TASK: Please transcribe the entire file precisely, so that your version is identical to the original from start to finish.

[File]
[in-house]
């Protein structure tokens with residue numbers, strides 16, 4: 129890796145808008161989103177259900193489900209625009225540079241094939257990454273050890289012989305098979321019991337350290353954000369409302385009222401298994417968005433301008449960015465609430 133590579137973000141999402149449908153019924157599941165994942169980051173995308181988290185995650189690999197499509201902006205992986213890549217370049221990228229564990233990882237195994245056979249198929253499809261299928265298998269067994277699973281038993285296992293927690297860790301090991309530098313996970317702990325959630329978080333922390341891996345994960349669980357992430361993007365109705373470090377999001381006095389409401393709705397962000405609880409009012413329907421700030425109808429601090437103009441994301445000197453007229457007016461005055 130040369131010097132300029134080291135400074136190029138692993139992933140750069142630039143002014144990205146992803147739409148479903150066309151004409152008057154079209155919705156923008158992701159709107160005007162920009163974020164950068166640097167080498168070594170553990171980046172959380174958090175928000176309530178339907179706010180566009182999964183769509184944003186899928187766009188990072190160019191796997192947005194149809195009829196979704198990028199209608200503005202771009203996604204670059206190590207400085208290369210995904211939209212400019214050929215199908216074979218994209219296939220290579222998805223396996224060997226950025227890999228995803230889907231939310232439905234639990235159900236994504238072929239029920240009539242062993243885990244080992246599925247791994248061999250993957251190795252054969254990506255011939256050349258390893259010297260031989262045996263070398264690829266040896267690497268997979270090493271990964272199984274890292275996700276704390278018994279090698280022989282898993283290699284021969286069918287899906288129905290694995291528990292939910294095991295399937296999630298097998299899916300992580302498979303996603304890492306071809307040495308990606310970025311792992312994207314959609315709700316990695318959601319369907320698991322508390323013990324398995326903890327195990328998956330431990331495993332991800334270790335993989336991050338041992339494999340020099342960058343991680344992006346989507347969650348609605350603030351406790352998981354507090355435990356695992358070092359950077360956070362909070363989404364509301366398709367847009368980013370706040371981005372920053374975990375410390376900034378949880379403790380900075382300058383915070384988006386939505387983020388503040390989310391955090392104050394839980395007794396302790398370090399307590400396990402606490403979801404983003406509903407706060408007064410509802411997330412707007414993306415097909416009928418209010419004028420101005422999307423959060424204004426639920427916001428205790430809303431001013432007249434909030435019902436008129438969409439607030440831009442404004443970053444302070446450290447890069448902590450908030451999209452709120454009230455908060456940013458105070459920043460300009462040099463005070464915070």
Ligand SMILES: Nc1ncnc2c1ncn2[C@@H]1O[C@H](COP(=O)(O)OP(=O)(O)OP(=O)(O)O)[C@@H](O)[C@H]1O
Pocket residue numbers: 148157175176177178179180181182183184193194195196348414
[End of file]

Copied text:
[in-house]
């Protein structure tokens with residue numbers, strides 16, 4: 129890796145808008161989103177259900193489900209625009225540079241094939257990454273050890289012989305098979321019991337350290353954000369409302385009222401298994417968005433301008449960015465609430 133590579137973000141999402149449908153019924157599941165994942169980051173995308181988290185995650189690999197499509201902006205992986213890549217370049221990228229564990233990882237195994245056979249198929253499809261299928265298998269067994277699973281038993285296992293927690297860790301090991309530098313996970317702990325959630329978080333922390341891996345994960349669980357992430361993007365109705373470090377999001381006095389409401393709705397962000405609880409009012413329907421700030425109808429601090437103009441994301445000197453007229457007016461005055 130040369131010097132300029134080291135400074136190029138692993139992933140750069142630039143002014144990205146992803147739409148479903150066309151004409152008057154079209155919705156923008158992701159709107160005007162920009163974020164950068166640097167080498168070594170553990171980046172959380174958090175928000176309530178339907179706010180566009182999964183769509184944003186899928187766009188990072190160019191796997192947005194149809195009829196979704198990028199209608200503005202771009203996604204670059206190590207400085208290369210995904211939209212400019214050929215199908216074979218994209219296939220290579222998805223396996224060997226950025227890999228995803230889907231939310232439905234639990235159900236994504238072929239029920240009539242062993243885990244080992246599925247791994248061999250993957251190795252054969254990506255011939256050349258390893259010297260031989262045996263070398264690829266040896267690497268997979270090493271990964272199984274890292275996700276704390278018994279090698280022989282898993283290699284021969286069918287899906288129905290694995291528990292939910294095991295399937296999630298097998299899916300992580302498979303996603304890492306071809307040495308990606310970025311792992312994207314959609315709700316990695318959601319369907320698991322508390323013990324398995326903890327195990328998956330431990331495993332991800334270790335993989336991050338041992339494999340020099342960058343991680344992006346989507347969650348609605350603030351406790352998981354507090355435990356695992358070092359950077360956070362909070363989404364509301366398709367847009368980013370706040371981005372920053374975990375410390376900034378949880379403790380900075382300058383915070384988006386939505387983020388503040390989310391955090392104050394839980395007794396302790398370090399307590400396990402606490403979801404983003406509903407706060408007064410509802411997330412707007414993306415097909416009928418209010419004028420101005422999307423959060424204004426639920427916001428205790430809303431001013432007249434909030435019902436008129438969409439607030440831009442404004443970053444302070446450290447890069448902590450908030451999209452709120454009230455908060456940013458105070459920043460300009462040099463005070464915070």
Ligand SMILES: Nc1ncnc2c1ncn2[C@@H]1O[C@H](COP(=O)(O)OP(=O)(O)OP(=O)(O)O)[C@@H](O)[C@H]1O
Pocket residue numbers: 148157175176177178179180181182183184193194195196348414